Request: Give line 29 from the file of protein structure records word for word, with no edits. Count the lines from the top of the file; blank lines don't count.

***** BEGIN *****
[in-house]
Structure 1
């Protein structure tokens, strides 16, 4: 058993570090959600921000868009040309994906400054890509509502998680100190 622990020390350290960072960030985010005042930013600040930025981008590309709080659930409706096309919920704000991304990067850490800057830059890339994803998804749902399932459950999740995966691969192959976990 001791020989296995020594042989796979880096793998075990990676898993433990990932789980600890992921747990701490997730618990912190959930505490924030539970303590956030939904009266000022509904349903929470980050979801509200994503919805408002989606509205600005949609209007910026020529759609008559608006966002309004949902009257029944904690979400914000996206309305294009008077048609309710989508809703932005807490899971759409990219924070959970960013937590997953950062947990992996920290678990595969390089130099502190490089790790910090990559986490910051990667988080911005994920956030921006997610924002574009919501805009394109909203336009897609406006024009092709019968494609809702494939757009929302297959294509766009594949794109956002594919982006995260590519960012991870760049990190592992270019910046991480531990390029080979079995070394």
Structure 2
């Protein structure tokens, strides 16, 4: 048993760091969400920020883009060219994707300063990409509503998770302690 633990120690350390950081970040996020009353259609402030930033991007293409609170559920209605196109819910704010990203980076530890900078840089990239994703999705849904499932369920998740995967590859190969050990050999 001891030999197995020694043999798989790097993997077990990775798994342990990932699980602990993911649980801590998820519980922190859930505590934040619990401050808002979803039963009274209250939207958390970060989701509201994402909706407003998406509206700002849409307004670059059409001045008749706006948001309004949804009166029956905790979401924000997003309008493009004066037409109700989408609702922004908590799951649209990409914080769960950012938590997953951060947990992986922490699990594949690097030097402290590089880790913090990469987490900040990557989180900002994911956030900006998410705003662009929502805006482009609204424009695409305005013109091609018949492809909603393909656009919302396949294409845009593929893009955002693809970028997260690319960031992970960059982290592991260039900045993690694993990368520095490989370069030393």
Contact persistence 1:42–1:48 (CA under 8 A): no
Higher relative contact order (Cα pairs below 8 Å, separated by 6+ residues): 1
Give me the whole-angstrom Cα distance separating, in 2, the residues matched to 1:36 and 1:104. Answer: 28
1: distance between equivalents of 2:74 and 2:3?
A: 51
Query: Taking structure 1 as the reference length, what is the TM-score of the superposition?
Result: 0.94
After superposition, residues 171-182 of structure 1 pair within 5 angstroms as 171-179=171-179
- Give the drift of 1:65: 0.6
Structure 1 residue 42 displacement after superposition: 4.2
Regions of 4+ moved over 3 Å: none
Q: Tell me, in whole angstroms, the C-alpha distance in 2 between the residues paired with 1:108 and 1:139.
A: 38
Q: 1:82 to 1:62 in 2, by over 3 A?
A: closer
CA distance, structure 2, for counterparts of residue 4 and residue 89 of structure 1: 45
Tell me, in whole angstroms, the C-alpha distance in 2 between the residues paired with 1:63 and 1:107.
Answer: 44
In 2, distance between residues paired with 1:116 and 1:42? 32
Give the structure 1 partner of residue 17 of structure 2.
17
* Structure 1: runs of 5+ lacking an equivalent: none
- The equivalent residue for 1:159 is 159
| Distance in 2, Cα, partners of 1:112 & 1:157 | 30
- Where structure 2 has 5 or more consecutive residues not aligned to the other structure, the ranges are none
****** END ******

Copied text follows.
| Distance in 2, Cα, partners of 1:112 & 1:157 | 30